In the wake of a year of attacks waged against banking institutions by Izz ad-Din al-Qassam Cyber Fighters, the FS-ISAC's Bill Nelson and the ABA's Doug Johnson say the need to regularly update DDoS preparedness is a critical lesson learned.
OpUSA's planned Sept. 11 DDoS against U.S. banks and governmental agencies proved to be uneventful, experts say. But they warn that other potential attacks, especially those with a Syria connection, could prove to be far more serious.
If Iran is behind distributed-denial-of-service attacks targeting American banks, should the United States retaliate aggressively with a Stuxnet-like response? Learn why the Atlantic Council's Jason Healey thinks that's a bad idea.
Federal authorities are warning banking institutions and government agencies about a wave of DDoS attacks that could strike on 9/11. Learn what steps the FBI suggests should be taken to mitigate the threat.
It's time to start thinking about the next wave of DDoS attacks, says Neustar's Rodney Joffe. And it's time for other critical infrastructure industries - not just banks - to assess their risks.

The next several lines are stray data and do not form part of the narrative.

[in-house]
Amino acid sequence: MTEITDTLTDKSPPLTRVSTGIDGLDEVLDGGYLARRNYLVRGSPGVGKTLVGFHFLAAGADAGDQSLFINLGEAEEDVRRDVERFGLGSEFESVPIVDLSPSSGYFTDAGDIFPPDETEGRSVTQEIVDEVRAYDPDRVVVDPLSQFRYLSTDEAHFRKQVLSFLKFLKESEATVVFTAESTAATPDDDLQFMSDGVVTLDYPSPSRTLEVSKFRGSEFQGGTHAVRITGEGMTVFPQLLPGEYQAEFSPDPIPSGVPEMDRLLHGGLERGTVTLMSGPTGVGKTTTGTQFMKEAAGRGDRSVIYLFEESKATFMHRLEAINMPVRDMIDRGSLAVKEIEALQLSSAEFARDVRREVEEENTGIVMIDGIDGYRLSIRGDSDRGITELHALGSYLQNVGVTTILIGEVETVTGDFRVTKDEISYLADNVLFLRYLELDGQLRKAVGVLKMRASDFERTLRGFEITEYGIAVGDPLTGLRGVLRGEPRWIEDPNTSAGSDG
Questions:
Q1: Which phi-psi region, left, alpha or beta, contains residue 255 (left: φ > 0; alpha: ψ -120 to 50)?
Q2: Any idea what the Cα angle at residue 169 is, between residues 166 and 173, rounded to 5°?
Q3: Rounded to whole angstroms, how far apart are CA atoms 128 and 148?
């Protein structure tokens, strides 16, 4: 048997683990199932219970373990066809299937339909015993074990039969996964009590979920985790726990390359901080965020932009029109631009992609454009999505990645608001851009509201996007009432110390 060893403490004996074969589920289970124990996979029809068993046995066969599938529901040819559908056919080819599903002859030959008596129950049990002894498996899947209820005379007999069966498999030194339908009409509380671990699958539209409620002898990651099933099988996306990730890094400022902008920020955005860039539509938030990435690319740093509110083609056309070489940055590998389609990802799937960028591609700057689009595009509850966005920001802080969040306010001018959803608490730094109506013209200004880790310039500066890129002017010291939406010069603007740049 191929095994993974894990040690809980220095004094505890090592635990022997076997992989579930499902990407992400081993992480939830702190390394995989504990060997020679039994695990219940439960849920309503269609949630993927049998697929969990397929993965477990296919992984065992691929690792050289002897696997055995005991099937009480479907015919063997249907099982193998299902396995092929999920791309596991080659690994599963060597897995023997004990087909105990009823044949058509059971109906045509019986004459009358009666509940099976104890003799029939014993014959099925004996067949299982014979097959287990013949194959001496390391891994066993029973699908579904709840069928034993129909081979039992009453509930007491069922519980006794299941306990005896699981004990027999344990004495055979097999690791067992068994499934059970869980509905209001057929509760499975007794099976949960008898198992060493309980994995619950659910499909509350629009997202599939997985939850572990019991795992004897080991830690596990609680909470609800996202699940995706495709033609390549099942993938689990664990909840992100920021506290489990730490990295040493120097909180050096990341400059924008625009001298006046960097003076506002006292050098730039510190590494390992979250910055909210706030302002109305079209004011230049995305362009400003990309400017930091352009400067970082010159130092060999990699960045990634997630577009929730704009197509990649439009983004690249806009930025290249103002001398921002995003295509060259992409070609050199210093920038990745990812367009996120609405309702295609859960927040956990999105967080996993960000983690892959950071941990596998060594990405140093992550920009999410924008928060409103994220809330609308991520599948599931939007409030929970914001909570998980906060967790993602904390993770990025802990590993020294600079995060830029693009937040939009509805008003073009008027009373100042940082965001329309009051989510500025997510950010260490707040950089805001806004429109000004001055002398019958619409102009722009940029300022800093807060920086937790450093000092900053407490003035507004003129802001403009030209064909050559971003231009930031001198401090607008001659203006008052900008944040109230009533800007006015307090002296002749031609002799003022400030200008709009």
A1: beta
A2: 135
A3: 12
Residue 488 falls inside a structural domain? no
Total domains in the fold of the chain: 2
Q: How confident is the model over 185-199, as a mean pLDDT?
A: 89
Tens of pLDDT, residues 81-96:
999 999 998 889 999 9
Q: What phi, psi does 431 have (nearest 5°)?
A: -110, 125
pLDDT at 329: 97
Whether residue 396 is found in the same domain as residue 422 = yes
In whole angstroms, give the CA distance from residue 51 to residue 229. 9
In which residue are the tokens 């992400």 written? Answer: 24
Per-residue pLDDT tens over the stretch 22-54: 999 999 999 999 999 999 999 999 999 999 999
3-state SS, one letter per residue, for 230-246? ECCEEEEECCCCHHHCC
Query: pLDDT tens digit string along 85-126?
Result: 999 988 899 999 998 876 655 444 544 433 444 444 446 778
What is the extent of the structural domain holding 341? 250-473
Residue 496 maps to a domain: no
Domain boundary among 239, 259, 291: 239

In late July, Izz ad-Din al-Qassam Cyber Fighters announced the launch of Phase 4 of distributed-denial-of-service attacks...
Three U.S. banks have been targeted by new DDoS attacks that apparently had little impact. As bank defenses improve, some experts say the attackers may shift targets to other industries affecting critical infrastructure.
The old saw of a blind squirrel fortuitously finding an acorn reminds the Atlantic Council's Jason Healey of cyber-assailants from third-rate cyber-power Iran, believed to be behind DDoS attacks on U.S. banks.
Izz ad-Din al-Qassam Cyber Fighters' attacks on U.S. banks are back, and strikes waged July 31, without a doubt, prove it, says Akamai's Mike Smith. So why are security experts so puzzled by recent DDoS events?